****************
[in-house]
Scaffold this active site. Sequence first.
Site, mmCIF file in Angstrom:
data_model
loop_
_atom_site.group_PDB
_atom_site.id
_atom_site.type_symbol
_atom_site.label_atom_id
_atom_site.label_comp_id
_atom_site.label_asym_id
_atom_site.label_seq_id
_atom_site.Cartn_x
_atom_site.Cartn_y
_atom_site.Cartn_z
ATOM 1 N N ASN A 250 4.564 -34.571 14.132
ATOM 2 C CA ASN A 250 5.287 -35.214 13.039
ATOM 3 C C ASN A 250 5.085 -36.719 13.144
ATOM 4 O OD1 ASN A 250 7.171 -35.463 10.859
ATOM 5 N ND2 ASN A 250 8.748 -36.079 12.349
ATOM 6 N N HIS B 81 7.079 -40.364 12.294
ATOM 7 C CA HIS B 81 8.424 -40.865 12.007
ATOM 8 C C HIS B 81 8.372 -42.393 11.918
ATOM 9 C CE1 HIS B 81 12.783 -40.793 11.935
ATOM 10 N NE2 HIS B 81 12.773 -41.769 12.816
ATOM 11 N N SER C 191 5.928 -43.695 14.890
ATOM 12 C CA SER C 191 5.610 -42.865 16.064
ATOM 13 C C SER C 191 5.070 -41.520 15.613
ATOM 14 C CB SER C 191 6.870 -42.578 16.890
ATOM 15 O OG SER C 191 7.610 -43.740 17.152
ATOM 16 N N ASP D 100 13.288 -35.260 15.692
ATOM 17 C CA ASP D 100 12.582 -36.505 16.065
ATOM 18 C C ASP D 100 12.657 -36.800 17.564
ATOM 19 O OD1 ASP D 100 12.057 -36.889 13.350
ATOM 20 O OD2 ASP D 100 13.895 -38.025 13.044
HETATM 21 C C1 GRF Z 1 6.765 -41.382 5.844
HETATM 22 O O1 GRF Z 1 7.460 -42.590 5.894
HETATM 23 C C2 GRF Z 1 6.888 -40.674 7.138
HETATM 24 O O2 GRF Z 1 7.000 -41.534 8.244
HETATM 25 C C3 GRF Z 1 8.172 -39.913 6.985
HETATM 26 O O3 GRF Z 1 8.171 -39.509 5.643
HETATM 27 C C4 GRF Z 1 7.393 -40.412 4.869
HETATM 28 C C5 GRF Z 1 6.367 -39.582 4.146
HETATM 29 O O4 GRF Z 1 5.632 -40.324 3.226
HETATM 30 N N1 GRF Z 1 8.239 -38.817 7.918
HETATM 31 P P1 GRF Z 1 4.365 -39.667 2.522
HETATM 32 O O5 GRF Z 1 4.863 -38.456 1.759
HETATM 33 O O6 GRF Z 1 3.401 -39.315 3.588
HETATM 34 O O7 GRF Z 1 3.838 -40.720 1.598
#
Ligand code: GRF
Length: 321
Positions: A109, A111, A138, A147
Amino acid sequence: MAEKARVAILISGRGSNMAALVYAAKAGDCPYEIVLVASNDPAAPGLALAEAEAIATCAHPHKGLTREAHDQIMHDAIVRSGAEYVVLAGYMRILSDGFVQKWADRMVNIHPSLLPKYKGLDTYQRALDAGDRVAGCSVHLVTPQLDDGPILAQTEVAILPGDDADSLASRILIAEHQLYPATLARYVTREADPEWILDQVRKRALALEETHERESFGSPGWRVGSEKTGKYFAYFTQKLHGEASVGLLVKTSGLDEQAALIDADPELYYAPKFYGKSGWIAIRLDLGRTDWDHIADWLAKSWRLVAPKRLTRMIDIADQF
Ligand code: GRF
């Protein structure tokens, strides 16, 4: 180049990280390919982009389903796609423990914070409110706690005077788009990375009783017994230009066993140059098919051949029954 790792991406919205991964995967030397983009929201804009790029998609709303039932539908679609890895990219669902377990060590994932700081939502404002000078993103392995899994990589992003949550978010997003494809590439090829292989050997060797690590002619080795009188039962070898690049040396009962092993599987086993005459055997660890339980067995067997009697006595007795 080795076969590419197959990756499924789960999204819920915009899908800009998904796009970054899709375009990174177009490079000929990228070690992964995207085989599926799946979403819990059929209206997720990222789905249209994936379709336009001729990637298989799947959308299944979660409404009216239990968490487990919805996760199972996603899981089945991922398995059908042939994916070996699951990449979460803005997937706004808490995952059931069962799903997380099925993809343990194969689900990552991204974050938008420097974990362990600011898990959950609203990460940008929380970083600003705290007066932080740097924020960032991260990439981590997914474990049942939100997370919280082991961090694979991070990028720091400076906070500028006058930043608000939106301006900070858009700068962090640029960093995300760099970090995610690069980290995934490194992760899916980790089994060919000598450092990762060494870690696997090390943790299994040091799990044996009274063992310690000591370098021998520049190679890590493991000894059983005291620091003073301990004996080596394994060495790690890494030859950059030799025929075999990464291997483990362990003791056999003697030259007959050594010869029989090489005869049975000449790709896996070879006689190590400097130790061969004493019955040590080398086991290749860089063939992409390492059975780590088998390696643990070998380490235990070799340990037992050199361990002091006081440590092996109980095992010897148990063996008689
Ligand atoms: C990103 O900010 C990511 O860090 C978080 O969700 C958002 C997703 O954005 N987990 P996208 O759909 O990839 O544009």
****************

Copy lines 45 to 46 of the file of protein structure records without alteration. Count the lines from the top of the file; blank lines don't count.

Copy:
HETATM 30 N N1 GRF Z 1 8.239 -38.817 7.918
HETATM 31 P P1 GRF Z 1 4.365 -39.667 2.522